Credit: George Danby

Earlier this summer, I stood with Janet Mills and watched an osprey hunt for fish on the Kennebec River. As the osprey grabbed its prey from the water, Mills talked about her childhood in western Maine and how much cleaner our rivers had become since she was a kid.

A lifelong angler and Farmington native, Mills was a child when she saw firsthand how polluted Maine’s rivers had become. She told me about her dad, a Republican, who helped clean up Maine’s rivers in the 1970s — a bipartisan tradition of conservation that Mills carries on today.

Without Gov. Paul LePage on the ballot, this year’s race for governor has been a lot quieter than past campaigns. It can be hard to tell where the candidates stand on issues.

But there are real differences between Democrat Mills, Republican Shawn Moody and independent Terry Hayes — in their experience and in the policies they would advocate, particularly when it comes to the environment. And those differences will impact the lives of Mainers for decades to come.

Only one candidate, Mills, has articulated a clear and compelling environmental policy agenda and has a track record of fighting for our natural resources, which are essential to our economy and our way of life.

Through my work at Maine Conservation Voters, I have seen Mills’ commitment to our environment, deeply rooted in her family’s values and her rural Maine upbringing. A woman of action, Mills has stood up to powerful interests time and again so that Maine people will have clean air to breathe, safe water to drink and a natural heritage that is passed on to our children.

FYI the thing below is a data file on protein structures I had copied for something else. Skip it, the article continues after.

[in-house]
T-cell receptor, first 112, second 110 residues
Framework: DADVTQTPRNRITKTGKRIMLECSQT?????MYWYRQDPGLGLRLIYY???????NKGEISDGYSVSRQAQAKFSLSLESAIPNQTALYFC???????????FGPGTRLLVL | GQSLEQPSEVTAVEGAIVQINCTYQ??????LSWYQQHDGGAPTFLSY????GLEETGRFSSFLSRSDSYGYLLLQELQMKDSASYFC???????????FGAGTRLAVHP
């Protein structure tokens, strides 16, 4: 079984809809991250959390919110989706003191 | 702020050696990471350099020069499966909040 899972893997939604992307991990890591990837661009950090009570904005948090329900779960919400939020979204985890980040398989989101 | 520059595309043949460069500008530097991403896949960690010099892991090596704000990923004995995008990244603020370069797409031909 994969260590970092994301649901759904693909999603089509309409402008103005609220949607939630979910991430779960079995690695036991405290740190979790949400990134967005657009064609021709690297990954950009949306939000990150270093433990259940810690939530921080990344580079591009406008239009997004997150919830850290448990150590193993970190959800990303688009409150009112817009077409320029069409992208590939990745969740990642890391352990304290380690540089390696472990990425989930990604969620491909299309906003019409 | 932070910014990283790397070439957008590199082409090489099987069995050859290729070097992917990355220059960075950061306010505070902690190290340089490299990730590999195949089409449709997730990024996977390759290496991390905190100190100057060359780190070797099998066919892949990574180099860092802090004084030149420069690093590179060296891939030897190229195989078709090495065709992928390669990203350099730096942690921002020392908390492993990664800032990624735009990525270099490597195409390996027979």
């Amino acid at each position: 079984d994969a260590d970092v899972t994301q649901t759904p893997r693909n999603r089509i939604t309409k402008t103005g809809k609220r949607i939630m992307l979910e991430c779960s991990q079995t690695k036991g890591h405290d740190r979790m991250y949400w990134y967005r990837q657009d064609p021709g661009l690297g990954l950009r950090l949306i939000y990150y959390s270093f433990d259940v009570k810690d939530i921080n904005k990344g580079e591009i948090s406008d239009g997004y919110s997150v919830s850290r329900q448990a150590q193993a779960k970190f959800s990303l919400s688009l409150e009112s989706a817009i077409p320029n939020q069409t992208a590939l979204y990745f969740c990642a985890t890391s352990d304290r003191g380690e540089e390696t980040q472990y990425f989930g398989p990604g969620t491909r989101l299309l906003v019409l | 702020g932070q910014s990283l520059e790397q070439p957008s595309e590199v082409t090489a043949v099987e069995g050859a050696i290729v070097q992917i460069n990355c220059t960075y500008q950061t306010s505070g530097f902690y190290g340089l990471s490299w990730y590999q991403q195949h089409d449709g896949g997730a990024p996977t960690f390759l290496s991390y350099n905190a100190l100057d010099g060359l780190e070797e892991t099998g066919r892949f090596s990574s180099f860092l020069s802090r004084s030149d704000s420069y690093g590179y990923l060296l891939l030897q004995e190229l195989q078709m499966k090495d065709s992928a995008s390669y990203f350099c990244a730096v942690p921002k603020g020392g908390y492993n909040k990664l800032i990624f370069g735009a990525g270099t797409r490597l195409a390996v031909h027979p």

Maine Conservation Voters Action Fund proudly endorsed Mills earlier this year after a lengthy process that included candidate surveys, personal interviews and a detailed look at each candidate’s public voting record, activities and statements.

Our organization includes Republicans, Democrats and independents, and we see our job as holding political leaders responsible for their environmental records and promoting candidates — regardless of their political party — who will be champions for our environment.

During her time in the Legislature and as the state’s attorney general, Mills was a leader in the effort to remove mercury from the Penobscot River, taking on the big corporations that tried to profit from pollution.

She supported funding for the popular Land for Maine’s Future program, ensuring access to land statewide for recreation, farming, fishing and forestry.

As governor, Mills would invest in weatherization, solar and other renewable energy sources, and microgrid technologies to make Maine more energy independent and to create new jobs.

And she has a plan to fight climate change and prepare Maine for the challenges of a warming planet.

Moody, on the other hand, has suggested he will continue LePage’s harmful policies and even went so far as to deny climate science during the Republican primary when he was trying to win his party’s nomination for governor.

His environmental policies are extremely limited and lack detail, fail to address climate change and demonstrate no vision for the state’s approach to protecting public lands, clean air or clean water.

The environment will not be a priority for Moody, and he cannot be trusted to address the threats that climate change pose to Maine’s fisheries, economy and public health

I stood with Mills on the banks of the Kennebec that day, and I’ll be standing with her on Nov. 6. I hope you will join me in voting for Mills — the candidate who will carry on Maine’s bipartisan tradition of protecting our environment, ensuring clean water, and securing a safe and healthy future for our children.

Maureen Drouin is the executive director of Maine Conservation Voters.

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